At the conference, we then tried to include as many political perspectives as possible, in addition to perspectives from the Bits & Bäume communities, and invited political actors with different backgrounds. But what it was also about, and I think this is also an important point, is that civil society needs a clear, strong voice in political processes. And that you try to really organise a kind of cooperative lobbying as a Bits and Bäume movement and say that there are certain objectives that we’ve agreed on and that we’re committed to.
What do you think? Are your demands and the conference already having an impact?
In the aftermath of the conference, the topic is definitely much more present and the need for discussion on the part of political actors has grown noticeably. I think that the topic is much more on the political agenda and that the important aspects are actually being discussed.
What are the next steps? You are currently preparing a publication, right?
Yes, that’s the process we’re very much involved in right now, the Bits and Bäume journal. In this publication, which arises from the Bits and Bäume conference, there will be very many exciting contributions on the topic, also from very different perspectives. This time it will be in English. The idea is to have an impact in larger spaces than just the German debate, both at the European level and internationally.
But it’s also about having a longer-term impact as a network, isn’t it?
Yes, we are currently working intensively on the question of how this alliance, which has now come into being and which is doing very good and meaningful work, can be consolidated in such a way that we can work together in the longer term and also carry out this cooperative lobbying really effectively.
We want to continue to be very involved in this alliance because we believe that it can achieve a great deal. In other words, that digitisation is made more sustainable in the future and that we can really achieve the structural changes that are necessary for this with the concentrated power of this alliance. And we want to work even harder with our political demands and introduce specific demands into political processes in an even more targeted manner.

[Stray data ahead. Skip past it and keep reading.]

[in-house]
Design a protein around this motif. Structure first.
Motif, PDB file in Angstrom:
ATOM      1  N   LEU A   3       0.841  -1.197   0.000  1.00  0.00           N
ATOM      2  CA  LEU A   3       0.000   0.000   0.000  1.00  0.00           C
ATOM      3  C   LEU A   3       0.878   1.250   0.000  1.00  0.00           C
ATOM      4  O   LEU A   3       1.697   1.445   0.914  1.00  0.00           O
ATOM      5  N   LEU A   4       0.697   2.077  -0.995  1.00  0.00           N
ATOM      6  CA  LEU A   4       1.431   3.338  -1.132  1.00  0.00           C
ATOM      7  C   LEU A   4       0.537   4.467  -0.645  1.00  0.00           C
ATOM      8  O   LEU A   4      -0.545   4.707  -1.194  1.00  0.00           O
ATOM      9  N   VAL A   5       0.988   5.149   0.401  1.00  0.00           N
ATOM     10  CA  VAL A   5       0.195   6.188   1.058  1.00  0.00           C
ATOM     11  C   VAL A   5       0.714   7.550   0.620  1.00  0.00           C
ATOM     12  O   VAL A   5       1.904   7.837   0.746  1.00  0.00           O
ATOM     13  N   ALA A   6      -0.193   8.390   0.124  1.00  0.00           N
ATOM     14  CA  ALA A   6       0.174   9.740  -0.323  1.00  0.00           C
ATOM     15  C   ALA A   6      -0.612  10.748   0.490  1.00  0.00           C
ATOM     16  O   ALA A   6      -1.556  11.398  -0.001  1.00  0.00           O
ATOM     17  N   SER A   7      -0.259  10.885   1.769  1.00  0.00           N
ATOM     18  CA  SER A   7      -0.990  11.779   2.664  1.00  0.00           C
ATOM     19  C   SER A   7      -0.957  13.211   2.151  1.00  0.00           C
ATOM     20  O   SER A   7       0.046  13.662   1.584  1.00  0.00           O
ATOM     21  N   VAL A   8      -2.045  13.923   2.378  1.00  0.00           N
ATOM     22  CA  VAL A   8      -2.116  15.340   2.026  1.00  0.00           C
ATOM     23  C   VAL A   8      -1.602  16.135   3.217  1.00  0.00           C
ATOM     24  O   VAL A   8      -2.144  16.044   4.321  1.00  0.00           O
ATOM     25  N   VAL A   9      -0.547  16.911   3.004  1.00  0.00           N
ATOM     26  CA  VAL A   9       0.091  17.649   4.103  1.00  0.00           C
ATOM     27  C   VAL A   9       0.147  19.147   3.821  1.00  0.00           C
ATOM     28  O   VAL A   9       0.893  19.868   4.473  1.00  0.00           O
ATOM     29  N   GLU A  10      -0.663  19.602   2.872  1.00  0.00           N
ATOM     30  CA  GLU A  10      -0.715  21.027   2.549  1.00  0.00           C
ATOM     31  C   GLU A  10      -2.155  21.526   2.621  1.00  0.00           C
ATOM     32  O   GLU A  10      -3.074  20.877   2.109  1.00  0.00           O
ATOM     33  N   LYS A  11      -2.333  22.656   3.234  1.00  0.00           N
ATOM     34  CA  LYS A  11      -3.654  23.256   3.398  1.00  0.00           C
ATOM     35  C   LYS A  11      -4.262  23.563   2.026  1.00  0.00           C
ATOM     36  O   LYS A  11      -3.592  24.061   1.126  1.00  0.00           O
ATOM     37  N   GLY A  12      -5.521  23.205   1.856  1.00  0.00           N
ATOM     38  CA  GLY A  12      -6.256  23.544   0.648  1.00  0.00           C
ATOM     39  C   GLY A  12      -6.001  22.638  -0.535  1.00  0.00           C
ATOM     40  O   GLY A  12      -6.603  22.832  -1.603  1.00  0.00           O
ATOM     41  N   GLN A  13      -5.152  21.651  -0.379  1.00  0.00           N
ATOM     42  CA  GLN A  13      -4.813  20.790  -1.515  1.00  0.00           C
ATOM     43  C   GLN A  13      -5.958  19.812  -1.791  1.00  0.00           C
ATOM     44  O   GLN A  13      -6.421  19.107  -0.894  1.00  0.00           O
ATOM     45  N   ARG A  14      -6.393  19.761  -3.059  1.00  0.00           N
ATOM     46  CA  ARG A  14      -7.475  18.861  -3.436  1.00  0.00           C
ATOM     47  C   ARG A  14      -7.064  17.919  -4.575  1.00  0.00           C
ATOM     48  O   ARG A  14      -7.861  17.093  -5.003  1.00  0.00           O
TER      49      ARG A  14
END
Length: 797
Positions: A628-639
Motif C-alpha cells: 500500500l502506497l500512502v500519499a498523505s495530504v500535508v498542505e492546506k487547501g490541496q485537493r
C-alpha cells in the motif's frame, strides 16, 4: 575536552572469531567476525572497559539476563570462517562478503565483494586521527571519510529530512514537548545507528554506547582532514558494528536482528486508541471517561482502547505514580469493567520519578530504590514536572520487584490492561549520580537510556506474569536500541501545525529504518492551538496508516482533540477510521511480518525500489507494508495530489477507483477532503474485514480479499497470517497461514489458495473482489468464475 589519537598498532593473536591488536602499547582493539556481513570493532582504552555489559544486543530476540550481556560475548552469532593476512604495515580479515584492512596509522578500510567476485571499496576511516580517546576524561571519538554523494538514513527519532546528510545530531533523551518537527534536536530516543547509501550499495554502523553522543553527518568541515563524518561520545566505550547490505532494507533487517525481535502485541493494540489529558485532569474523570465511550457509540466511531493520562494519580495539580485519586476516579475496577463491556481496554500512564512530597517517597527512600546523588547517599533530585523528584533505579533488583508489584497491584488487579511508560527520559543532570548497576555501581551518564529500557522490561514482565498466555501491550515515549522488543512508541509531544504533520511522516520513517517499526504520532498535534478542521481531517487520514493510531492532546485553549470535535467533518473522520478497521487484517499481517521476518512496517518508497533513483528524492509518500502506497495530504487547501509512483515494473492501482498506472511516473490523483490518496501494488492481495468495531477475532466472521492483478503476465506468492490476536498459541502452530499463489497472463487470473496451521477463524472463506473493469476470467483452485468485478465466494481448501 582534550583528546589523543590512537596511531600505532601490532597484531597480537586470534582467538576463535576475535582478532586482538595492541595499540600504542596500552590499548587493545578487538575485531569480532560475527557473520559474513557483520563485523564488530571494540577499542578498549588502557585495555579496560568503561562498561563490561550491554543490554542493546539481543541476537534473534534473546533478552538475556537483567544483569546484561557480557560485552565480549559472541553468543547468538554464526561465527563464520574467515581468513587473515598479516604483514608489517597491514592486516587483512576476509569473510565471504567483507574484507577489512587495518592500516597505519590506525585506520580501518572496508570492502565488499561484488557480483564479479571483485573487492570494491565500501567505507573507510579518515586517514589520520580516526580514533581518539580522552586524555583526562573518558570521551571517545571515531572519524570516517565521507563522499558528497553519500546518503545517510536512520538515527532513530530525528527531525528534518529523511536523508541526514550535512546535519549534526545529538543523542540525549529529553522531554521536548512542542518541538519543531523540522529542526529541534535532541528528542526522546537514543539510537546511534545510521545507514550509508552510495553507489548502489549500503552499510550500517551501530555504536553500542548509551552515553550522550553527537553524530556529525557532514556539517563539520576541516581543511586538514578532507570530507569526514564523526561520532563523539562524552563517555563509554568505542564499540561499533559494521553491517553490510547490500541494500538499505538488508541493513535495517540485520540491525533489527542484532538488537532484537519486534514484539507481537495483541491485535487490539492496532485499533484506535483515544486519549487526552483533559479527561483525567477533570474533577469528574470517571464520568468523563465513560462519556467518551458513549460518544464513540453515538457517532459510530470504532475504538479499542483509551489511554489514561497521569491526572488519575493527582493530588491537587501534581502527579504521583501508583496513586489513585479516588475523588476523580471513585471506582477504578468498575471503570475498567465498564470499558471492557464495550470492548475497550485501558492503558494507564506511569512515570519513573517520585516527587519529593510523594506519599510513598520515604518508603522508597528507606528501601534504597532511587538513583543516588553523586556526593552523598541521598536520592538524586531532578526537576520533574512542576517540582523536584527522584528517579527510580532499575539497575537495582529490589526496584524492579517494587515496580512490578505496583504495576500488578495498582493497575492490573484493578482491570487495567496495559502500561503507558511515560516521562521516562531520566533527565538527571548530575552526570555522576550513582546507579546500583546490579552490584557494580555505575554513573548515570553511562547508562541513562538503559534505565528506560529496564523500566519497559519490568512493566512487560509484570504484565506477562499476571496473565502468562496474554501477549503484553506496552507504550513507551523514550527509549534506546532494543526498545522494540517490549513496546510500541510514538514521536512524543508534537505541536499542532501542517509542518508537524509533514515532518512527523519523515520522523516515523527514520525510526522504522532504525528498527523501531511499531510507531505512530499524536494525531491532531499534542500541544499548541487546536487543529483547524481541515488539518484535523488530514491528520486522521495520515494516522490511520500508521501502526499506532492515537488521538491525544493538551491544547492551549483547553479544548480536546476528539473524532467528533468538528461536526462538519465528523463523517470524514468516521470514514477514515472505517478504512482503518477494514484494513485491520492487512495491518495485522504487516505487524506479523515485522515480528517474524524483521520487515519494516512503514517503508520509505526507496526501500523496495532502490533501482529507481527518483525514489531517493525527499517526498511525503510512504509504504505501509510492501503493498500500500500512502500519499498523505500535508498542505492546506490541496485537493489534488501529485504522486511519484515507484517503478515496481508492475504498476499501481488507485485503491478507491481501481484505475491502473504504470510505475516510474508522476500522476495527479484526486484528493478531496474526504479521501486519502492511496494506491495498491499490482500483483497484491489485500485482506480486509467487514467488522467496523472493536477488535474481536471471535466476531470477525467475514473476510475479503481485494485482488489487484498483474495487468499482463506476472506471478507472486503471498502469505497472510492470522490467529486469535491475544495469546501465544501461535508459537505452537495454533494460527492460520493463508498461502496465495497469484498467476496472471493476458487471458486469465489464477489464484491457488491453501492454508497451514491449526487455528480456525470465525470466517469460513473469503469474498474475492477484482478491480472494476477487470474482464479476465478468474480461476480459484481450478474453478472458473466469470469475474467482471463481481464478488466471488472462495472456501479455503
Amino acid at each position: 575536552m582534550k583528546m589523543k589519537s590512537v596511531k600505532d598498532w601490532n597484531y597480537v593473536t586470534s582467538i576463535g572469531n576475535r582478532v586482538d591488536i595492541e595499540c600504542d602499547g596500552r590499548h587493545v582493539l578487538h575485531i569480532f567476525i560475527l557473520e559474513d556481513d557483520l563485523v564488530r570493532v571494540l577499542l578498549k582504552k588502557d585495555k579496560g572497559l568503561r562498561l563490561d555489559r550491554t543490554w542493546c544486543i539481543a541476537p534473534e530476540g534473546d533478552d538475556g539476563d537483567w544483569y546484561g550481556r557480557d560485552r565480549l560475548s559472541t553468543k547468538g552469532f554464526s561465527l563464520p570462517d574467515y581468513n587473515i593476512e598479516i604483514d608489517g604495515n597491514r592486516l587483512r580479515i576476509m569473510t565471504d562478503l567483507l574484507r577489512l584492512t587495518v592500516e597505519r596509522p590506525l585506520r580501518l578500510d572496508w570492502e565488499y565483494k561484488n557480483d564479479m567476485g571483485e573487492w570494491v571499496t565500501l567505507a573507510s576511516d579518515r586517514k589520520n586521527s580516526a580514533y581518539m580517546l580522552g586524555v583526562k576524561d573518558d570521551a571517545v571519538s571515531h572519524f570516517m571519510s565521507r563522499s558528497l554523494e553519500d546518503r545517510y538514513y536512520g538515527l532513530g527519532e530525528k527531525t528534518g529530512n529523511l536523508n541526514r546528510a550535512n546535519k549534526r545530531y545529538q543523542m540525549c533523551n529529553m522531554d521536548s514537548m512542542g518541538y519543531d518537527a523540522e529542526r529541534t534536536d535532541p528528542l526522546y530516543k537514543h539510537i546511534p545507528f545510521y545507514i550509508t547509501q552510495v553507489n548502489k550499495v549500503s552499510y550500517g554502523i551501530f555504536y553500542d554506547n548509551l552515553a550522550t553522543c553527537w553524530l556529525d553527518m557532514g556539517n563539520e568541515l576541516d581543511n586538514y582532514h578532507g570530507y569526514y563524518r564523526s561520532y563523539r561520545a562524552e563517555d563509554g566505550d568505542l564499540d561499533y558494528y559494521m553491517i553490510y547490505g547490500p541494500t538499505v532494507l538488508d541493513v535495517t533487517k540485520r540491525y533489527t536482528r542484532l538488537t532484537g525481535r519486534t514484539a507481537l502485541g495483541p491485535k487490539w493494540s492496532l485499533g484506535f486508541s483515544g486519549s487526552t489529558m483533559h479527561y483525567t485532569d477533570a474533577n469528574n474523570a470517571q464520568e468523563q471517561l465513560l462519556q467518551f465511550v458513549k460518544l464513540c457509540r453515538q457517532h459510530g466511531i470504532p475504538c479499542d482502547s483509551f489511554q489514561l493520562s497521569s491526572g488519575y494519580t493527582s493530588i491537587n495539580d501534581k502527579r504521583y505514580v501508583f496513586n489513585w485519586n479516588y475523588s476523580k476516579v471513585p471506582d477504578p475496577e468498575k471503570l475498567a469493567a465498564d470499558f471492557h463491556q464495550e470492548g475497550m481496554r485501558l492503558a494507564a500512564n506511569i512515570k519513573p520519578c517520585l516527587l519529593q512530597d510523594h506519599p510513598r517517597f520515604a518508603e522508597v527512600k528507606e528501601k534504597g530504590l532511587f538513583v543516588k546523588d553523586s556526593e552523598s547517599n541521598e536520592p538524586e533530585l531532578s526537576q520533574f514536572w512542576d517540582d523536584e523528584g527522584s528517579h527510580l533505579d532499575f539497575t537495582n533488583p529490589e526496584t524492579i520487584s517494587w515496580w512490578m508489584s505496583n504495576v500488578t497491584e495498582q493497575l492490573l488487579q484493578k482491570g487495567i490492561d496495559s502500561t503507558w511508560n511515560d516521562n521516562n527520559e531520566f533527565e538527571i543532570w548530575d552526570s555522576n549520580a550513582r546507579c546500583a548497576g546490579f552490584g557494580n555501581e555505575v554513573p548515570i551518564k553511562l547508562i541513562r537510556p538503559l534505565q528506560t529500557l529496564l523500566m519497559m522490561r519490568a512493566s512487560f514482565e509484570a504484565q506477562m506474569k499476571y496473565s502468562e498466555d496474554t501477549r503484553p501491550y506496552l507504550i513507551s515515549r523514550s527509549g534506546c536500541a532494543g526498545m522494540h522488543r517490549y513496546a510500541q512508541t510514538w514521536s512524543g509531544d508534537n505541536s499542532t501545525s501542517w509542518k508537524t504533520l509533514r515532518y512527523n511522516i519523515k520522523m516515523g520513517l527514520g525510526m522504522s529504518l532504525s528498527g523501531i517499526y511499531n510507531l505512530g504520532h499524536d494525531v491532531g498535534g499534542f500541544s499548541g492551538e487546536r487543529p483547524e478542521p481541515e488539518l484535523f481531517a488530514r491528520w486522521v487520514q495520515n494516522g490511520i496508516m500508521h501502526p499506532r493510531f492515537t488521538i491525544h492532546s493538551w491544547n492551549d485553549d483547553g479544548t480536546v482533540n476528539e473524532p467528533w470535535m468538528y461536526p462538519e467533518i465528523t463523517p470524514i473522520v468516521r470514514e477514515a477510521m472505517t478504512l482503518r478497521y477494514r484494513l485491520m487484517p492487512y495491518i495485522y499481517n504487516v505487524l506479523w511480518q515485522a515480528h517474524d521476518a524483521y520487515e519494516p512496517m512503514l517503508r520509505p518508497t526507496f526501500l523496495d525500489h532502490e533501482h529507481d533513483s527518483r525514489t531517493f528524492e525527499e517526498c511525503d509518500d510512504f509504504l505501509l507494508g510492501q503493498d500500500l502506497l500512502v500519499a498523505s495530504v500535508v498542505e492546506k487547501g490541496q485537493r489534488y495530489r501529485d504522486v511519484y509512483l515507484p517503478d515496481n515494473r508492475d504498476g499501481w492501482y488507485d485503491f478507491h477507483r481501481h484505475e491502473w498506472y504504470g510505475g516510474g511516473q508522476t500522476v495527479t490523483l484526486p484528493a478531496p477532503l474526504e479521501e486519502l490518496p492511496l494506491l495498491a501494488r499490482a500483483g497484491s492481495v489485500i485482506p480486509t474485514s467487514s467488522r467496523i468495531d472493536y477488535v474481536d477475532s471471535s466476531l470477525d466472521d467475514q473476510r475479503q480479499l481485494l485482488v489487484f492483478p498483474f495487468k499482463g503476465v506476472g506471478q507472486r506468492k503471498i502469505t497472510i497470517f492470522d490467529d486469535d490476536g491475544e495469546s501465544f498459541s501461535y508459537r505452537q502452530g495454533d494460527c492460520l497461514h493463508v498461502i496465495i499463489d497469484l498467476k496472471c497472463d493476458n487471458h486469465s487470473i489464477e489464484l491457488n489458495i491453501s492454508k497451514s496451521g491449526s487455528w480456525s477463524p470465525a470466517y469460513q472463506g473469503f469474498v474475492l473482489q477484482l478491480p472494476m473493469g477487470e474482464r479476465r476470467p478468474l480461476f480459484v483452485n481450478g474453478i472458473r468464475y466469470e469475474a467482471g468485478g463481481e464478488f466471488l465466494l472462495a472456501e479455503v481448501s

Your political demands are very comprehensive. Can you nevertheless name aspects on which you want to focus?
Well, there are three areas that are most important from our perspective. One is the issue of devices and hardware. We have, for example, a demand for the right to device neutrality – and that’s a pretty far-reaching and also comprehensive demand. But it solves quite a few problems that have to do with digitisation and sustainability, because the biggest ecological footprint is in the devices. There are all sorts of studies that show exactly how the energy and resource consumption of devices is very significant and accounts for over half of the total ecological footprint. So the bottom line is that if I get a fairly manufactured cell phone that I use for many years, then streaming, for example, won’t be as big a factor. This proportionality between the energy and resource consumption of devices must be addressed.
The second aspect that we at IÖW find important is the whole issue of new forms of economic activity, i.e. alternative economic activity and alternative platforms. Whether or not we are heading for a socio-ecological transformation has a lot to do with our way of doing business and the extent to which alternative forms of economic activity are possible at all. One of our demands is therefore that it must be legally possible to establish a cooperative digitally, i.e. that the potential of digitisation can really be used to enable alternative forms of organisation and alternative forms of economy. This is the only way to counteract the economic imbalance that has arisen between large and small players.
And the third issue is the question of who actually participates in decision-making processes, both in political decision-making processes, but also in how we evaluate the social effects of technologies. For example, there should be committees in which science, business and civil society are involved in a balanced way, and not something like what happened with the digital strategy. It turned out that 15 meetings were held with the business community during the preparation phase, but not even once with civil society.